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September 2012

While it is widely accepted that the print newspaper industry is in decline, with profits and circulation waning all over the world, most are hesitant to predict, with any certainty, what the future will hold for journalists or publishers.

PANPA, the Pacific Area Newspaper and Publishing Association, hosted the Future Forum, Australasia’s annual industry conference for publishers, on the 6th and 7th of September 2012.

One of the most intriguing things about the current state of politics, both in Australia and worldwide, is the reconfiguring of people’s policy priorities from, say, five years ago.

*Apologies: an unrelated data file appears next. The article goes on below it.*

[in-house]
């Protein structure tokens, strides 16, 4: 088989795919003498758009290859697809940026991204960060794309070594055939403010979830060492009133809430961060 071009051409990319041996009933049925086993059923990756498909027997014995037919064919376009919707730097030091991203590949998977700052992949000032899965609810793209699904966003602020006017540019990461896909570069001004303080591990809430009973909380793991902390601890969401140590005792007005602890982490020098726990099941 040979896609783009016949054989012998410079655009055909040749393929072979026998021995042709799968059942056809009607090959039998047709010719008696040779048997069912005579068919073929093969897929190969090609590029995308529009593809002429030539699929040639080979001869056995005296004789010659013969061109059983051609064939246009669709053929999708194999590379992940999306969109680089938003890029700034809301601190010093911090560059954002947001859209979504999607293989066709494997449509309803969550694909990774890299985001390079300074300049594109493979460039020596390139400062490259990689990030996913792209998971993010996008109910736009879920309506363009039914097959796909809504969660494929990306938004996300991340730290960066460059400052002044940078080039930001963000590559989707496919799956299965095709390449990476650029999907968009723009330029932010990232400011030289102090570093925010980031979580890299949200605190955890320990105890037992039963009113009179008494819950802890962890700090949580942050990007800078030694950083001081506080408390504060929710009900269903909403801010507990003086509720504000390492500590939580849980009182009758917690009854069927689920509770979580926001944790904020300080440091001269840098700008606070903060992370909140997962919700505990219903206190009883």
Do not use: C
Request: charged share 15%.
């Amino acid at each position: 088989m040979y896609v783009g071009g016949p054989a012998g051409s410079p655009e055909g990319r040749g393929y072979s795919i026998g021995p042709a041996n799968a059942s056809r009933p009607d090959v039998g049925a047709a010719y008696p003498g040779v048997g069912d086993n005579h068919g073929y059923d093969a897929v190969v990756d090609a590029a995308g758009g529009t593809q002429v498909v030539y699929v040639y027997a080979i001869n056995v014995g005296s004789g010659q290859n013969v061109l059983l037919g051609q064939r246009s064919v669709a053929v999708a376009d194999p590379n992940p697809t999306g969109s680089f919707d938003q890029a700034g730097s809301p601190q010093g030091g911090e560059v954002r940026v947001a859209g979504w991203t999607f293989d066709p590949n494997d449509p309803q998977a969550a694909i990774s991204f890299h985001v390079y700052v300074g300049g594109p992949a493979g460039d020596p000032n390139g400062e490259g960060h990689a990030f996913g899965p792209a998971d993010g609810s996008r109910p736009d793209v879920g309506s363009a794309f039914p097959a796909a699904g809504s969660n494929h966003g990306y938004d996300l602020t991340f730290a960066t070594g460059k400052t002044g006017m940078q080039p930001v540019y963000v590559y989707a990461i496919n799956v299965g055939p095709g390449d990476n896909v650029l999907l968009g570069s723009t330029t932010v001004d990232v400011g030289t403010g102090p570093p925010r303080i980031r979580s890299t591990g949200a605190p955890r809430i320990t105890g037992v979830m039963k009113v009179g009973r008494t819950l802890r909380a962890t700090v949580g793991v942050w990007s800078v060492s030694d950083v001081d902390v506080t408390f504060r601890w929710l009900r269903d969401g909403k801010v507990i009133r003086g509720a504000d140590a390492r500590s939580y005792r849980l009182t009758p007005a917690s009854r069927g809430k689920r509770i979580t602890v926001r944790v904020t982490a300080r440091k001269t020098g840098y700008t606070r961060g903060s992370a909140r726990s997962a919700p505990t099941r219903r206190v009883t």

In Australia, as around the world, the last decade was dominated by debates over what leading policymakers have called a “diabolical policy problem” and “the most significant crisis humanity has ever faced” – climate change.

For the past two years, the media has been capturing the debate of whether Australian ex-hacker Julian Assange, currently in the UK, should be extradited to Sweden, where he faces rape charges.

This debate notwithstanding, the events of past few weeks shed a new light on Assange’s plight: the man who has relentlessly stood by his aim to tell the truth has turned for help to another man who has relentlessly endeavoured to bring down those who search for it.